Raleigh, N.C. — House leaders say they're planning to call their members back on Aug. 14 for a full session, but it's not clear yet what they'll be voting on.
Meanwhile, Senate leaders say they're not coming back in August at all.
The legislature finished up its work over the weekend but did not agree to an adjournment resolution. Since then, the body has been in limbo.
According to the state constitution, the House and Senate have to convene every four days while they remain in session. So far this week, those meetings have been non-voting "skeleton" sessions attended by only a few members of each chamber, mostly members of local delegations.
But Rep. Skip Stam, R-Wake, sitting in for Speaker Thom Tillis at the House meeting Wednesday, said leaders are planning on "an actual session" on Aug. 14.
"If there's anything that the House and Senate have agreed to, then we could take it up on the 14th," Stam said. "I want people to reserve that time that they may have to actually come."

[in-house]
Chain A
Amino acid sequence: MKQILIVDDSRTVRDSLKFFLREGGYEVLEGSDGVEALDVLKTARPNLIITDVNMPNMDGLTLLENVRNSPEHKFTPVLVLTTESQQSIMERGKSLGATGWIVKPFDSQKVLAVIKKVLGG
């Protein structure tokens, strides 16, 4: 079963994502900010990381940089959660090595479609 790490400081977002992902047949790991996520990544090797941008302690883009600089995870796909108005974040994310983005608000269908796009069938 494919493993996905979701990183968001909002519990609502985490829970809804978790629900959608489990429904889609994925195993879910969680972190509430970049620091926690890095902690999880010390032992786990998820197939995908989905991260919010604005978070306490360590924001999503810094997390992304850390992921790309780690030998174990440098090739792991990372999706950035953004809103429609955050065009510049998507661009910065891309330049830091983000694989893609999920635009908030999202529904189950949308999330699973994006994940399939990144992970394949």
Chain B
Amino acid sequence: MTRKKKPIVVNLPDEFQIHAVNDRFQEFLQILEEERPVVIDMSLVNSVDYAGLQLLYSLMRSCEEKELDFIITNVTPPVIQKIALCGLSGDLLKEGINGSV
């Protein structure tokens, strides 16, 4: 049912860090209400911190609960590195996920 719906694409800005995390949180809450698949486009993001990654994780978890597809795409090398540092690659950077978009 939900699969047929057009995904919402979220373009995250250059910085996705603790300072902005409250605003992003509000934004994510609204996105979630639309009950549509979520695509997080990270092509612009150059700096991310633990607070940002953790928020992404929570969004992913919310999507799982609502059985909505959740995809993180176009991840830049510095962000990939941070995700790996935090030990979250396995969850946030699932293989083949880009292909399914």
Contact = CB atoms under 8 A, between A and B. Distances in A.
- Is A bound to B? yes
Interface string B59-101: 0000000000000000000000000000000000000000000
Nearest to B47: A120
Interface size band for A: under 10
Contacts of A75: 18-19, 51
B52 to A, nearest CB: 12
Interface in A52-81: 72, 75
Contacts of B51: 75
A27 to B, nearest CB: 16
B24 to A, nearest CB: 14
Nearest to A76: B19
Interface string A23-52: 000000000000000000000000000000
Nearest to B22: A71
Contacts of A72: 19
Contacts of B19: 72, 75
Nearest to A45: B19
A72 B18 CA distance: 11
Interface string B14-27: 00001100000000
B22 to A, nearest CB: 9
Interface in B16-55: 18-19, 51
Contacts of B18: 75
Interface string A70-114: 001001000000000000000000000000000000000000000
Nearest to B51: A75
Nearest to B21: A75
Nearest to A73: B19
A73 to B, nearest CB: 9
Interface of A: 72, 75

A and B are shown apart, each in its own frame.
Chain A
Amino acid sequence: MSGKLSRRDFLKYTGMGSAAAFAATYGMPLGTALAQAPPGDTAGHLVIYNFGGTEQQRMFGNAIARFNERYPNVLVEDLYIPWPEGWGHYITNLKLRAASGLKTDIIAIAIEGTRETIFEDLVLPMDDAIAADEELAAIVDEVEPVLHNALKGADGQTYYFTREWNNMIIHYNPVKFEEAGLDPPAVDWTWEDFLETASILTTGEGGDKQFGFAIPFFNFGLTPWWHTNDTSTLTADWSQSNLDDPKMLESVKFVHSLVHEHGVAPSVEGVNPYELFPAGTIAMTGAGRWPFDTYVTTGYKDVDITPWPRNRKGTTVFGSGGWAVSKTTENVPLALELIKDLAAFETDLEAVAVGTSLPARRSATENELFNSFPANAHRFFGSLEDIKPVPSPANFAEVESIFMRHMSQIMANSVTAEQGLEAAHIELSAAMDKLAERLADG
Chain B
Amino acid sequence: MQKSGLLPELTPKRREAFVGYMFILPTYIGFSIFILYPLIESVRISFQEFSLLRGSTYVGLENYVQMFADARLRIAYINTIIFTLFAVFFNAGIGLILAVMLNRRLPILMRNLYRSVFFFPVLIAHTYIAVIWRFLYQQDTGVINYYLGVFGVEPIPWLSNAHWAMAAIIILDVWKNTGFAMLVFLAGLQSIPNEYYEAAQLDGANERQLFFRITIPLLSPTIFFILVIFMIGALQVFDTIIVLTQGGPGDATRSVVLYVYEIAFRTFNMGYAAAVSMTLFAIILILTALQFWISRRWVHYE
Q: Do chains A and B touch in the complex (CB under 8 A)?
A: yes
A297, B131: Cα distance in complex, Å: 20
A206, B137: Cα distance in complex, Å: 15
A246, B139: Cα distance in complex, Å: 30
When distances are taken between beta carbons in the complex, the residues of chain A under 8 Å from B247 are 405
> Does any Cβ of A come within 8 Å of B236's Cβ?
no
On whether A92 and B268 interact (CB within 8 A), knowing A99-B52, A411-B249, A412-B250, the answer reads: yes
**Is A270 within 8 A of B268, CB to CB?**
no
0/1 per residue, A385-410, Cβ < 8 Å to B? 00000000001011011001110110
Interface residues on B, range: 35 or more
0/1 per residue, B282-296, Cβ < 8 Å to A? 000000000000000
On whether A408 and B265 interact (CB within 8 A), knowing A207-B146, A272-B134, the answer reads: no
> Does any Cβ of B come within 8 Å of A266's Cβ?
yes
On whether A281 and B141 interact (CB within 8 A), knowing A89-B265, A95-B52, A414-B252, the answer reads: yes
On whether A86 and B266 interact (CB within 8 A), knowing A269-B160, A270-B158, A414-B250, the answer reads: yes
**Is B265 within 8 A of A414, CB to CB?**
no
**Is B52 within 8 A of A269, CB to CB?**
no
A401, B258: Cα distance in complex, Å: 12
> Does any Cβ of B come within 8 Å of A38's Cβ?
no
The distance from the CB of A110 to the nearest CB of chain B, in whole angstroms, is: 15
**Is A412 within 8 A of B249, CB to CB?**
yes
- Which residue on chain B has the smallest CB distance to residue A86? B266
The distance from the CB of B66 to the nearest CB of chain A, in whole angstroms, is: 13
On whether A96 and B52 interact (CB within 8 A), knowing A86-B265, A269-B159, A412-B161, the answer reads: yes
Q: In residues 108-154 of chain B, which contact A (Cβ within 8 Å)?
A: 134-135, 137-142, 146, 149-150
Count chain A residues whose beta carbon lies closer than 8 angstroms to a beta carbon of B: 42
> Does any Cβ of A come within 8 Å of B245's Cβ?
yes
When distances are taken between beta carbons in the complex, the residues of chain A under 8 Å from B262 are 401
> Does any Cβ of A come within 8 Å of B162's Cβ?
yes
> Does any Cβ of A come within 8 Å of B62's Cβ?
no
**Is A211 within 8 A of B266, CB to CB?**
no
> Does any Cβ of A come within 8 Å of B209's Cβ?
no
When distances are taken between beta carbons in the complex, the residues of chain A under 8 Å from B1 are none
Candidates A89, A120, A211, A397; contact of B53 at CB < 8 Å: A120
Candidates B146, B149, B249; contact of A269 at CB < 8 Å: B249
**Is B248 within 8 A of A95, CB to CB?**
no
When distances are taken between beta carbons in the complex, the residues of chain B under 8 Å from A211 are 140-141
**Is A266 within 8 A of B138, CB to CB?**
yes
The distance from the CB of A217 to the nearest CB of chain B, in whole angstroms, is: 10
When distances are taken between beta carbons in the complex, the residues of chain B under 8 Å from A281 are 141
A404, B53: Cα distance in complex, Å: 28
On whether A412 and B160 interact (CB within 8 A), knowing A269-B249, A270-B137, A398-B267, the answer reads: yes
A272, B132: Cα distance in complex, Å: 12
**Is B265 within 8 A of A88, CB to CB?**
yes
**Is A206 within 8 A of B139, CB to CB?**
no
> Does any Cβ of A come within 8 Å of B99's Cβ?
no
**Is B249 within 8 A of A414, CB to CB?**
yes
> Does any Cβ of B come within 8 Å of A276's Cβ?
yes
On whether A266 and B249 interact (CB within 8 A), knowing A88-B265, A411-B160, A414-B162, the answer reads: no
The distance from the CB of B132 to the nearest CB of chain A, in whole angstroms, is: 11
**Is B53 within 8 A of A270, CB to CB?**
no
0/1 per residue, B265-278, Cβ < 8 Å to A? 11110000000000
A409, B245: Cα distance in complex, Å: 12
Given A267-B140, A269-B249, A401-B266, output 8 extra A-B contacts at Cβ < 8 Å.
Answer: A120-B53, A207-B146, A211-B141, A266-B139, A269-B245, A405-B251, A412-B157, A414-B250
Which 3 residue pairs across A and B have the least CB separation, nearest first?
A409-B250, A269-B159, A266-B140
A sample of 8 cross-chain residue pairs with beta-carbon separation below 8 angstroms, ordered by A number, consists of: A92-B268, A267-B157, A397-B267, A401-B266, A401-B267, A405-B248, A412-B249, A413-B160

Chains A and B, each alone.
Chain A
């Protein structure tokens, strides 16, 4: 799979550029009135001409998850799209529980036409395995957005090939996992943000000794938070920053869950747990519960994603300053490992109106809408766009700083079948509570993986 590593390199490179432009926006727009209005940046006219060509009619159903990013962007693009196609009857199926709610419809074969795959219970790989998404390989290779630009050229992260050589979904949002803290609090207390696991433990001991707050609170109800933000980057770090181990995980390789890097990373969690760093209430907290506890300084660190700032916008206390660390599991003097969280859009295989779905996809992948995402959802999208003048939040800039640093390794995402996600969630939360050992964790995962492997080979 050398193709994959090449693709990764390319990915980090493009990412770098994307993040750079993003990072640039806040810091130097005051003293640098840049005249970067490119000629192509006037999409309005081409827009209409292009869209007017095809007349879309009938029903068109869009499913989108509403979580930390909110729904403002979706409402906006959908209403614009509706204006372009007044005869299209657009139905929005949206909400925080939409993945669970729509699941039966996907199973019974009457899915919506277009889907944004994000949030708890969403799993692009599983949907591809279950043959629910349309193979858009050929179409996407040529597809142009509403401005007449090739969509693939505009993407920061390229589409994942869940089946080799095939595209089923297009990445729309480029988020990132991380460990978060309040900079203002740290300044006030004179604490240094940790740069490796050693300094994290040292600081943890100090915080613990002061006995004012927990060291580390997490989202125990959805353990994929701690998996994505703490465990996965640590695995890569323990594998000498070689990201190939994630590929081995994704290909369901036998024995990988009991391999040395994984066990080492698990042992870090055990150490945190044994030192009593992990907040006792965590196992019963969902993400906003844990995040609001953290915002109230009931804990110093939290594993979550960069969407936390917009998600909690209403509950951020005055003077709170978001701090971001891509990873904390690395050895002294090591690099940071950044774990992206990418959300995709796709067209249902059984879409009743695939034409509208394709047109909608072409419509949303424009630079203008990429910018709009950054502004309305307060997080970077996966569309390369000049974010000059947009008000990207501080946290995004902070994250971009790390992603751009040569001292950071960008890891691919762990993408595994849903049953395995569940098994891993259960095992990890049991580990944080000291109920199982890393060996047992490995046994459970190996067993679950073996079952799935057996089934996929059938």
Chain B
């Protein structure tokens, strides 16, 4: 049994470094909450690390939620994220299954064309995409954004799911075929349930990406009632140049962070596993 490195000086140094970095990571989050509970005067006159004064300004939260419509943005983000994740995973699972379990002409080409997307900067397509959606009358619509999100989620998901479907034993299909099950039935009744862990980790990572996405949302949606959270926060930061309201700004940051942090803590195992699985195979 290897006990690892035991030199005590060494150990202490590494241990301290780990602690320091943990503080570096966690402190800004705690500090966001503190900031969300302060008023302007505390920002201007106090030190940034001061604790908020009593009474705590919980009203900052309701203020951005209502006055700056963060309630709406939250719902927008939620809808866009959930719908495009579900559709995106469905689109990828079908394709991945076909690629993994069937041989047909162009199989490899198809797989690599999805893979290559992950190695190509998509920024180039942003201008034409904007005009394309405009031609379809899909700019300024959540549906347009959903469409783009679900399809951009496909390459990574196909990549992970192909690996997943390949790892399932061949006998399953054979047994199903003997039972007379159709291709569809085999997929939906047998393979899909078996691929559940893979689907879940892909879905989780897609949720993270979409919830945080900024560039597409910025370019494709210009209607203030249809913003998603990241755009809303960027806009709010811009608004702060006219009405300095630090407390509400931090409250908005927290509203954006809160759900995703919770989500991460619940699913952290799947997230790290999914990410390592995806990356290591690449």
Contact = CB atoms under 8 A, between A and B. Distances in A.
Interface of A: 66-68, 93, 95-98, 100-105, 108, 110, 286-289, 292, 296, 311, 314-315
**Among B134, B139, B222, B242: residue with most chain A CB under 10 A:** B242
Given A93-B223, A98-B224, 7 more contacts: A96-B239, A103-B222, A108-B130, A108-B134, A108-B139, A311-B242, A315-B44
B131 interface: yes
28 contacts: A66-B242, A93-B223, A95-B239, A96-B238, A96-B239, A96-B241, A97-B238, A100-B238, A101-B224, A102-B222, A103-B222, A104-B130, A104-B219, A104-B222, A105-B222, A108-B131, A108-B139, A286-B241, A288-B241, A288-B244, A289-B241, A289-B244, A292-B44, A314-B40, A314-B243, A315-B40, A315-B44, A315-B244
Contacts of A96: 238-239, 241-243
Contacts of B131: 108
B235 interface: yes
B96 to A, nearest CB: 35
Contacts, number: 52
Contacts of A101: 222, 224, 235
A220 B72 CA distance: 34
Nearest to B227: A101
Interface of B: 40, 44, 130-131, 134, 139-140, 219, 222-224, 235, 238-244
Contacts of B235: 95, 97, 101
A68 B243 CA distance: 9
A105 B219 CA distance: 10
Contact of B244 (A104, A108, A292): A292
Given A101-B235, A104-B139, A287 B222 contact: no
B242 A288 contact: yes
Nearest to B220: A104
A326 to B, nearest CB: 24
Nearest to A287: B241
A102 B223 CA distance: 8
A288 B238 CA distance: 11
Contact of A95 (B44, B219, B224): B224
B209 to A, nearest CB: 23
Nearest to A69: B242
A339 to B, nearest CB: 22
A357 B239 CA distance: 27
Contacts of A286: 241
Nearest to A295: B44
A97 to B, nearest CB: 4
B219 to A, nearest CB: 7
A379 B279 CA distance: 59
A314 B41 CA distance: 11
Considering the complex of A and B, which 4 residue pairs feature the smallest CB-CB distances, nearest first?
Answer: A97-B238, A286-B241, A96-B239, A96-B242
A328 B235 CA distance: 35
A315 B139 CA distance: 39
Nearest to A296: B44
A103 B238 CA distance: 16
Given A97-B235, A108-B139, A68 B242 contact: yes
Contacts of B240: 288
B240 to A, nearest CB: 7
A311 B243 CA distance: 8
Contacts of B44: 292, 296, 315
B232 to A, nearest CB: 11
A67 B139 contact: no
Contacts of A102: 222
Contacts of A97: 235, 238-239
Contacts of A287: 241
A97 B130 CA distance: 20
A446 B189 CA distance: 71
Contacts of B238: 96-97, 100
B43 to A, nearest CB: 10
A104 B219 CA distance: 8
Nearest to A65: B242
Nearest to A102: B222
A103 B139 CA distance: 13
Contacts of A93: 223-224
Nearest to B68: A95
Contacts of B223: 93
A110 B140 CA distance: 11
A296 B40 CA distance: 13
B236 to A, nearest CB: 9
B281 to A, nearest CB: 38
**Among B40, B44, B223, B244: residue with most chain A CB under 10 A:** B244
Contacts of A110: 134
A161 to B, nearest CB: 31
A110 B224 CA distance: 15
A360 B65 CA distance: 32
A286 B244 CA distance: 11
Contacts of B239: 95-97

There's nothing on that list so far, he said. In fact, House and Senate leaders have not yet even resolved what the terms of the adjournment resolution should be.
"But there is discussion about it," he said.
Asked whether legislation on cleaning up coal ash ponds across the state could be on the agenda, Stam said, "I hope so," but added, "the work will go on regardless of whether there's a bill or not."
House leaders filed an adjournment resolution last Saturday that would have allowed members to take up unfinished work on coal ash, regulatory reform and insurance coverage for autism treatment at the Aug. 14 session. Senate leaders wanted the session to be limited to potential veto overrides.
Aug. 14 is 10 days after Gov. Pat McCrory received the budget, meaning that, as long as the legislature is in session, he would have to sign or veto the budget bill by then. However, McCrory announced last Friday that he would sign it.
"With Gov. McCrory’s decision to sign the budget, the Senate has concluded its business until the previously agreed to session on Medicaid reform in November," said Shelly Carver, spokeswoman for Senate President Pro Tem Phil Berger.